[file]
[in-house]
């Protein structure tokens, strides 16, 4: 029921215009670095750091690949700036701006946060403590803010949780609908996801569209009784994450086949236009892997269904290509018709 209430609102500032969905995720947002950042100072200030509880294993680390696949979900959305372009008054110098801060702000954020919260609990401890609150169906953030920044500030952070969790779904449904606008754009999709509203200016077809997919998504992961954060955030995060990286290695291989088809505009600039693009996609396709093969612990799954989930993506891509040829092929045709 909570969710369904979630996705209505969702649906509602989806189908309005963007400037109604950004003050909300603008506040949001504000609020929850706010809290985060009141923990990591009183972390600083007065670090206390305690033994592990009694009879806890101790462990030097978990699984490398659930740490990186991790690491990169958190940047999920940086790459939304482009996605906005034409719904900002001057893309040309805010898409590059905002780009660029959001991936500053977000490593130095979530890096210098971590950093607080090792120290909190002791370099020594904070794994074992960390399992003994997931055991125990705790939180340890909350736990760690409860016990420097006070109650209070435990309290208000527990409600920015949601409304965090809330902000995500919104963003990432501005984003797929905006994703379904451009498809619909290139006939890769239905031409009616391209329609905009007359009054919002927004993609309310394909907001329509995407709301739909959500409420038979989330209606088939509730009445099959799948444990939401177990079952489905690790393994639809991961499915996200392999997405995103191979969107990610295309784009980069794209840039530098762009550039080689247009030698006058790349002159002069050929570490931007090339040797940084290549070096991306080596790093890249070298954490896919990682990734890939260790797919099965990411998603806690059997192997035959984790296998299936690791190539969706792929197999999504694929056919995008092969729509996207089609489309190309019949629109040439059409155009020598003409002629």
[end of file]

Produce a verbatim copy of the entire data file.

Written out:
[in-house]
């Protein structure tokens, strides 16, 4: 029921215009670095750091690949700036701006946060403590803010949780609908996801569209009784994450086949236009892997269904290509018709 209430609102500032969905995720947002950042100072200030509880294993680390696949979900959305372009008054110098801060702000954020919260609990401890609150169906953030920044500030952070969790779904449904606008754009999709509203200016077809997919998504992961954060955030995060990286290695291989088809505009600039693009996609396709093969612990799954989930993506891509040829092929045709 909570969710369904979630996705209505969702649906509602989806189908309005963007400037109604950004003050909300603008506040949001504000609020929850706010809290985060009141923990990591009183972390600083007065670090206390305690033994592990009694009879806890101790462990030097978990699984490398659930740490990186991790690491990169958190940047999920940086790459939304482009996605906005034409719904900002001057893309040309805010898409590059905002780009660029959001991936500053977000490593130095979530890096210098971590950093607080090792120290909190002791370099020594904070794994074992960390399992003994997931055991125990705790939180340890909350736990760690409860016990420097006070109650209070435990309290208000527990409600920015949601409304965090809330902000995500919104963003990432501005984003797929905006994703379904451009498809619909290139006939890769239905031409009616391209329609905009007359009054919002927004993609309310394909907001329509995407709301739909959500409420038979989330209606088939509730009445099959799948444990939401177990079952489905690790393994639809991961499915996200392999997405995103191979969107990610295309784009980069794209840039530098762009550039080689247009030698006058790349002159002069050929570490931007090339040797940084290549070096991306080596790093890249070298954490896919990682990734890939260790797919099965990411998603806690059997192997035959984790296998299936690791190539969706792929197999999504694929056919995008092969729509996207089609489309190309019949629109040439059409155009020598003409002629």